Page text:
Why doesn't the pain respond when the movement is better?
Brachialgia is a very common clinical problem seen by physical therapists. Clearly this can be caused by abnormal movement control in the shoulder girdle which can naturally influence the brachial plexus. Therapy often involves improving motor control but sometimes there is an obstacle - the pain.
This article focuses on a key issue when the brachial plexus is part of the problem.
At the heart of the problem is this popular line of reasoning:
“Movement dysfunction is causing the pain”
“Fix the dysfunction and the neural problem will go away.”
“Let’s lengthen upper traps, levator scapulae and pectoralis minor so the shoulder can get back to its normal position.”
“Lower trapezius and serratus anterior need to be more active so the shoulder doesn’t move up and rotate forward so much too. And that’s also great because it opens the subacromial space.”
Clearly, this may help some patients, but what about the patient whose pain is an obstacle to this approach? The therapist can be left stymied by the lack of progress because it just doesn’t make sense.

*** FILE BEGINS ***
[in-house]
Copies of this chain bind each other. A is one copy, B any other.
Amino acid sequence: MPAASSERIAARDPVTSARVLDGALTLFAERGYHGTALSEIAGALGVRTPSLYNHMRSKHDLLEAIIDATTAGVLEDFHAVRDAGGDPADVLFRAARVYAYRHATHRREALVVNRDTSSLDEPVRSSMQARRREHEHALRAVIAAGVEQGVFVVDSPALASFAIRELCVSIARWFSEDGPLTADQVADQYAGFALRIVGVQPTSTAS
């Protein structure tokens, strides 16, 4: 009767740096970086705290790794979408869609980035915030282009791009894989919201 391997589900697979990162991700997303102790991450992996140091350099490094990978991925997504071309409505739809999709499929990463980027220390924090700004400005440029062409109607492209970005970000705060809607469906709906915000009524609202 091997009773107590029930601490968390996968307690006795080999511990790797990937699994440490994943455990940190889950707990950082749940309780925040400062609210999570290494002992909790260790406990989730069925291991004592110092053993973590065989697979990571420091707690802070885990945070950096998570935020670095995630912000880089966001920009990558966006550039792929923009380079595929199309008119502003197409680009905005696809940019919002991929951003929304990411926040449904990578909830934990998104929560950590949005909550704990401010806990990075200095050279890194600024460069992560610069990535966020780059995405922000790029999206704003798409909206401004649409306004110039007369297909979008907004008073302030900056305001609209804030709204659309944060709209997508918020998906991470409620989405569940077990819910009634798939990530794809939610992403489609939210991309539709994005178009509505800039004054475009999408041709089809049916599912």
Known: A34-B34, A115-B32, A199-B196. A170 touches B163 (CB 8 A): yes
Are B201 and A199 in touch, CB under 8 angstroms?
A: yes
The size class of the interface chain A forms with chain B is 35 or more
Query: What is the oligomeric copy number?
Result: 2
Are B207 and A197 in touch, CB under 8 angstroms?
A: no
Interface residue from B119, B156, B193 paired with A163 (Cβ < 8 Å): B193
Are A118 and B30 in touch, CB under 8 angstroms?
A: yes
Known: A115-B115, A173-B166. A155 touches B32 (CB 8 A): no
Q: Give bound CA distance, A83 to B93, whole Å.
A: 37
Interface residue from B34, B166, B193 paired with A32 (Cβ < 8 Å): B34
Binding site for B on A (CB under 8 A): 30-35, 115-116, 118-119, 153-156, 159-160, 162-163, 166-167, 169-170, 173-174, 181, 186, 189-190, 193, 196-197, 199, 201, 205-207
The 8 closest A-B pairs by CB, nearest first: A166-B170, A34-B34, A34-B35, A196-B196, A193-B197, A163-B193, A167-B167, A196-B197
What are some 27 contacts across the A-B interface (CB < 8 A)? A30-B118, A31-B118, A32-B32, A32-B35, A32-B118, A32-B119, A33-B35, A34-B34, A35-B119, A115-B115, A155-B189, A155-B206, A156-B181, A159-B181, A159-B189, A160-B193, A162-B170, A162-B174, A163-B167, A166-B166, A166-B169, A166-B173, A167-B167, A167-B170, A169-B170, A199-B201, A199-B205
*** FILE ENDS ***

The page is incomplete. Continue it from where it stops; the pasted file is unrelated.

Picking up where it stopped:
Well, it makes much more sense if we include neurodynamics.
The problem lies in not realizing that scapular depression, retraction and posterior rotation all reduce the space around the brachial plexus.
So it is logical that, if the plexus is sensitive or compressed, those movements actually compress it more.
Take a look at my ultrasound video of the plexus between the clavicle and first rib. The shoulder starts in the normal relaxed position and the scapula moves into the posterior rotated position with contraction of serratus anterior.
Notice that the distance between the first rib and clavicle is much less in the posterior rotated position and the plexus is compressed.
So how do we resolve the conflict between the musculoskeletal and neural systems?
The solution is that we can direct treatment at reducing pressure on the plexus in the acute phase then change the focus to the musculoskeletal when the plexus settles down.
The first phase will therefore involve scapular movements for the neurodynamics.
The second phase makes use of movements for motor control that were planned at the beginning.
This produces different emphasis at different times in the rehab process and it depends on the balance of the mechanisms at that time.